SANA’A – The Yemeni Air Force, Yemeni Army and the Popular Committees announced on Friday evening that a sucessful military operation has taken place, in which they managed to destroye the air defense system of the US-Saudi occupational forces in the western coast, a military source told Almasirah News.
Assistant Spokesman of the Yemeni Army, Col. Aziz Rashid, told Almasirah that the joint operation achieved its goal succesfully with a high level of accuracy, and succeeded in destroying the advanced defense system known as the “Patriot”.
Furthermore, Col. Rashid also added that the joint success of the armed forces in the destruction of said defense system in the western coast was in itself a “qualitative victory” for the army and the Popular Committees as well as the Yemeni Rocketry Forces and Air-defense forces, which proved itself able to outperform latest US defense technology.
The spokesman also added that the balance of power in the region will change in favor of the Yemeni forces in the west coast after this operation. Reports also indicated that the occupational forces initiated a high state of alert and emergency following the attack, in which a guided ballistic missile struck the Patriot system.
Like the Stinger missile and the Sidewinder missile, the Patriot is a guided missile. However, the Patriot is somewhat more sophisticated. In both the Stinger and Sidewinder missiles, the infrared seeker is sensitive to engine heat. A human being is responsible for finding and identifying the target, appropriately aiming the missile so that the its heat-seeking eye can lock onto the target, and then firing the missile.
A Patriot missile, instead, depends on radar. The Patriot missile system uses its ground-based radar to find, identify and track the targets. An incoming missile could be 50 miles (80.5 kilometers) away when the Patriot’s radar locks onto it. At that distance, the incoming missile would not even be visible to a human being, much less identifiable. It is even possible for the Patriot missile system to operate in a completely automatic mode with no human intervention at all (this may be what happened recently when a patriot missile system shot down a British aircraft).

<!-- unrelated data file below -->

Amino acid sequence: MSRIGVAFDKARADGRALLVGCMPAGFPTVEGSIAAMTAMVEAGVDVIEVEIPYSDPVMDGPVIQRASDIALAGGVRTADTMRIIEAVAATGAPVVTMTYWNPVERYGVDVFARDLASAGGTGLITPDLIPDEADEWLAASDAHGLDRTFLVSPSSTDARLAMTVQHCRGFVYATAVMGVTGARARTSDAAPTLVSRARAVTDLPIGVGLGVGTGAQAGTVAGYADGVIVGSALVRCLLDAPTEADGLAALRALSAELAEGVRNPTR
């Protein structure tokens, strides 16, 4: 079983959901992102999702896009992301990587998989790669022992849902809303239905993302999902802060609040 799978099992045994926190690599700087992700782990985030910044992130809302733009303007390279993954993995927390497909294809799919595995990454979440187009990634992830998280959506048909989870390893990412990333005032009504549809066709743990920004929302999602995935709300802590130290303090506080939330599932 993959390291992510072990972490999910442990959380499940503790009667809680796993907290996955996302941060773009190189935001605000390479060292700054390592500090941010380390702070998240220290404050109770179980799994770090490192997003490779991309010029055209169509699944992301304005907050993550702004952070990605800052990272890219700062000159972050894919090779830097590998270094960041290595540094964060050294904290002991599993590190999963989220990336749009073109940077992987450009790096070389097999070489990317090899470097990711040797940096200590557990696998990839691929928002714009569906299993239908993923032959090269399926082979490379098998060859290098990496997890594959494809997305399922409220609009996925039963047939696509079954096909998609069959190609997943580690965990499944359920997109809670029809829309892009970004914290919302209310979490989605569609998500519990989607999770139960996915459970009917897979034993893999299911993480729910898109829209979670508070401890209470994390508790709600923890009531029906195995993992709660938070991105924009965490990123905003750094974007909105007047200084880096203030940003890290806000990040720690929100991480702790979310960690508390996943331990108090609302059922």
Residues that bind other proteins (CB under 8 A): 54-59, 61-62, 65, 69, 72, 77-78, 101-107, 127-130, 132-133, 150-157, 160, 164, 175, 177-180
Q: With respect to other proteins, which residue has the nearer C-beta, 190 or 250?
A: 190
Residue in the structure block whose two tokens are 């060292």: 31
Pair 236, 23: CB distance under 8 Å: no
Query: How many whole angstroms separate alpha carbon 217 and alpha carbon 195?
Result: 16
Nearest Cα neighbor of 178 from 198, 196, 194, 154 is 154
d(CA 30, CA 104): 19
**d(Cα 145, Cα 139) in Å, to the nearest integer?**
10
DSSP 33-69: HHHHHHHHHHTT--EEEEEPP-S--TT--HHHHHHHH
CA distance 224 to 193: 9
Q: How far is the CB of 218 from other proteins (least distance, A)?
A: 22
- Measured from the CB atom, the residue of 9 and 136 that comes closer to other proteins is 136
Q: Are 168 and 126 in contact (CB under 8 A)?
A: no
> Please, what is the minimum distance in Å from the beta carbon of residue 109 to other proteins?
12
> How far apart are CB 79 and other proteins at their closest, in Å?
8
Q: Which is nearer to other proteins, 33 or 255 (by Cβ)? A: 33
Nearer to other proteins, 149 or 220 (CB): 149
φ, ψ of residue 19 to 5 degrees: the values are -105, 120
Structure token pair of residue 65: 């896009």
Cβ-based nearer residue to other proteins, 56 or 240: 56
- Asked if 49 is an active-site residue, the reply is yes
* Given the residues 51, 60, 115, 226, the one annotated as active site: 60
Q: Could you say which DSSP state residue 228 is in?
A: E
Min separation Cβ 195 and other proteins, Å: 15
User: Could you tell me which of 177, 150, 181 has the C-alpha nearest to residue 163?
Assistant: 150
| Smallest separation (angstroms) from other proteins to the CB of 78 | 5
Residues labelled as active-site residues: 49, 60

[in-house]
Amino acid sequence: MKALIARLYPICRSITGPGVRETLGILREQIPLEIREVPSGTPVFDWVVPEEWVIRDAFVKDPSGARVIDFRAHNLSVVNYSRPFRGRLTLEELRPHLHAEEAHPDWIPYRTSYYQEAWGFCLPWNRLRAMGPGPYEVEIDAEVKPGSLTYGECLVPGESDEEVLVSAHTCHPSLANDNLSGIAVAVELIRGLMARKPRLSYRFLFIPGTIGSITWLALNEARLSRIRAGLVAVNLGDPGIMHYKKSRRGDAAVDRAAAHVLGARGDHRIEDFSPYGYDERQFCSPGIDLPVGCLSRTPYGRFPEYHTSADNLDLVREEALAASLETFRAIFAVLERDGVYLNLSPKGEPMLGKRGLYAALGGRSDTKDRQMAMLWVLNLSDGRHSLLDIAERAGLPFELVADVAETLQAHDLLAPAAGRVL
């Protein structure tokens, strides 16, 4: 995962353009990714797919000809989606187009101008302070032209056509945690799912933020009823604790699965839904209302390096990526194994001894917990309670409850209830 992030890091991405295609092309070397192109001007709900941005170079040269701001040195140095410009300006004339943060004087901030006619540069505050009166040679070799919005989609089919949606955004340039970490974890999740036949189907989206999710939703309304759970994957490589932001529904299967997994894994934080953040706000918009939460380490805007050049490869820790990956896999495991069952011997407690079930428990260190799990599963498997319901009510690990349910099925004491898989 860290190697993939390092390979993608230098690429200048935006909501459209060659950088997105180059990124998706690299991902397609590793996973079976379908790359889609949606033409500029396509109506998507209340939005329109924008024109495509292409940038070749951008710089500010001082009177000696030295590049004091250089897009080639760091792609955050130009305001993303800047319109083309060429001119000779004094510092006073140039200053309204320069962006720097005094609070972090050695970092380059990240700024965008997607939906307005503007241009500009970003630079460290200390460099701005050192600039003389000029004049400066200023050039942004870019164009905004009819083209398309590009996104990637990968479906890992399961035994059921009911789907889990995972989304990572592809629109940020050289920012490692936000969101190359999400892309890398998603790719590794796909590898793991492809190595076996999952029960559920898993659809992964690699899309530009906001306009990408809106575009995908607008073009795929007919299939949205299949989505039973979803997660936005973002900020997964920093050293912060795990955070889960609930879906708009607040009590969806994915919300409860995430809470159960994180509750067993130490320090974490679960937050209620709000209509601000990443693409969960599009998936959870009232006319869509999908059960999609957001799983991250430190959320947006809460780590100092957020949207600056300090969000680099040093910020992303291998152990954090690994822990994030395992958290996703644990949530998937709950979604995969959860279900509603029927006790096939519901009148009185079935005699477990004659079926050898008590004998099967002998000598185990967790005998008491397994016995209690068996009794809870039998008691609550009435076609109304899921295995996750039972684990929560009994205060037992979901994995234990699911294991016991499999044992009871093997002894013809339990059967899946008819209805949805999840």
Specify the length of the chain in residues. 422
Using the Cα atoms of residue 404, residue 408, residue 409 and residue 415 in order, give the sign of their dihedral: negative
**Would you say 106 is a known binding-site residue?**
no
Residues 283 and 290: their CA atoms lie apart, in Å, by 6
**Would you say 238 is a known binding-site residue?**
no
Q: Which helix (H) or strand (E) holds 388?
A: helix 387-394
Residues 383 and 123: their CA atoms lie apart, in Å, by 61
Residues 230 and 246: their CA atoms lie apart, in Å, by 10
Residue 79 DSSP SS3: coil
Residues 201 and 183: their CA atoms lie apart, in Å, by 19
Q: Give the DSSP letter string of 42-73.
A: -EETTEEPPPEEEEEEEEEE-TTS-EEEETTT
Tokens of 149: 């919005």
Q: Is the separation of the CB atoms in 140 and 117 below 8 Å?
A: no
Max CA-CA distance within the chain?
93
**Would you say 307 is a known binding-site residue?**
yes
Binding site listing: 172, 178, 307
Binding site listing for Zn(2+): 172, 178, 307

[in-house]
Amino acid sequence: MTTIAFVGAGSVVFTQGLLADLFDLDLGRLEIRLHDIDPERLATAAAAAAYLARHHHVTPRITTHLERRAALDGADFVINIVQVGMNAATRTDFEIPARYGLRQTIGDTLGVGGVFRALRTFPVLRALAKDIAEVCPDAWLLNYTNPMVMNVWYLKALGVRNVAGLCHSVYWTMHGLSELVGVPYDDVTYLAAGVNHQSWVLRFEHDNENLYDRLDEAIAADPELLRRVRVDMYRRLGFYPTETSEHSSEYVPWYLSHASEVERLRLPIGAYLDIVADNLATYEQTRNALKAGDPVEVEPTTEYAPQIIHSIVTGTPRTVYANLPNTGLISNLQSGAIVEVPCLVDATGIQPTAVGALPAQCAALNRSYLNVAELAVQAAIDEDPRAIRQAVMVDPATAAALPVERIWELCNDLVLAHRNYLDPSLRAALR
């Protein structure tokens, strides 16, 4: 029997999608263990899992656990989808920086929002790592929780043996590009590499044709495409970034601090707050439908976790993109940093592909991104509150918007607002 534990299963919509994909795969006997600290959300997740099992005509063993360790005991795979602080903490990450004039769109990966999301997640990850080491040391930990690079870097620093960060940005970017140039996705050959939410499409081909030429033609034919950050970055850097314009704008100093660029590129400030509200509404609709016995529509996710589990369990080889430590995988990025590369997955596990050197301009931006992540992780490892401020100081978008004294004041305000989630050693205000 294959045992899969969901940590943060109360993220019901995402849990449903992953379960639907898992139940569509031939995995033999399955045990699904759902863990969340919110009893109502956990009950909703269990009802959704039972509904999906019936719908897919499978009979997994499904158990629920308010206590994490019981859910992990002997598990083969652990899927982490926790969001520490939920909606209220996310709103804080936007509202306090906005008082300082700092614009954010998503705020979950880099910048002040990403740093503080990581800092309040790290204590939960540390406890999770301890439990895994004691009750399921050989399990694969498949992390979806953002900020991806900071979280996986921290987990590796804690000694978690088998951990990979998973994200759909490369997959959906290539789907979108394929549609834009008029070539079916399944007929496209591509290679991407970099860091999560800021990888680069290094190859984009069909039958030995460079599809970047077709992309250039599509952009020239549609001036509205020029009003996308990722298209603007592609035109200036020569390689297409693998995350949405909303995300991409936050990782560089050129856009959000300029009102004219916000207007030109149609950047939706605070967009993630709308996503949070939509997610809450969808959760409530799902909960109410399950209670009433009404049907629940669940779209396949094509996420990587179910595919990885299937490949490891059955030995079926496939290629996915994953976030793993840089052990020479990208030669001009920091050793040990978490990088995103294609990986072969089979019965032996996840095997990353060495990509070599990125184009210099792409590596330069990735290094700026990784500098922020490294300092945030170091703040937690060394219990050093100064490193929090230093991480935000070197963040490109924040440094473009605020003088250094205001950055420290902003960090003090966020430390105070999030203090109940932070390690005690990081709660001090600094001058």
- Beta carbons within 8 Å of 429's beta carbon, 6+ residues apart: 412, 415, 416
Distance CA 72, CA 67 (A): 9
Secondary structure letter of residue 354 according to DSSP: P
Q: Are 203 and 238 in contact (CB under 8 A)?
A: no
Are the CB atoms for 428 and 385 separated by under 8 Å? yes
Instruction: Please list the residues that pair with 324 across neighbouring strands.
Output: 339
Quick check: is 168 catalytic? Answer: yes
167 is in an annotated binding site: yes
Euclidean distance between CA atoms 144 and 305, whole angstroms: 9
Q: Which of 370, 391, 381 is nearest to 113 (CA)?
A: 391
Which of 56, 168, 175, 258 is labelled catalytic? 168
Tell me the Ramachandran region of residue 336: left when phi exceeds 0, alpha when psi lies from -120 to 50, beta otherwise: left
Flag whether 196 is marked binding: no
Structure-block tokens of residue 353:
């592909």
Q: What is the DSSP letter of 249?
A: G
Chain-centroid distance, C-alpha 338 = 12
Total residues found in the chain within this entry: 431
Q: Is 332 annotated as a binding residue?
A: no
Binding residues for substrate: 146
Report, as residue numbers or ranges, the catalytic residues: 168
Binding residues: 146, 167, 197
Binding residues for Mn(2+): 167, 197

An incoming missile flying at Mach 5 is traveling approximately one mile every second. There just isn’t a lot of time to react and respond once the missile is detected, making automatic detection and launching an important feature.
While the Stinger is a shoulder-launched weapon and the Sidewinder launches from aircraft, Patriot missiles are launched from Patriot missile batteries based on the ground. A typical battery has five components:
- The missiles themselves (MIM-104)
- The missile launcher, which holds, transports, aims and launches the missiles (M-901). This part is necessary because each missile weighs almost one ton.
- A radar antenna (MPQ-53 or MPQ-65) to detect incoming missiles.
- An equipment van known as the Engagement Control Station (ECS) houses computers and consoles to control the battery. (MSQ-104)
- A power plant truck equipped with two 150-kilowatt generators that provide power for the radar antenna and the ECS.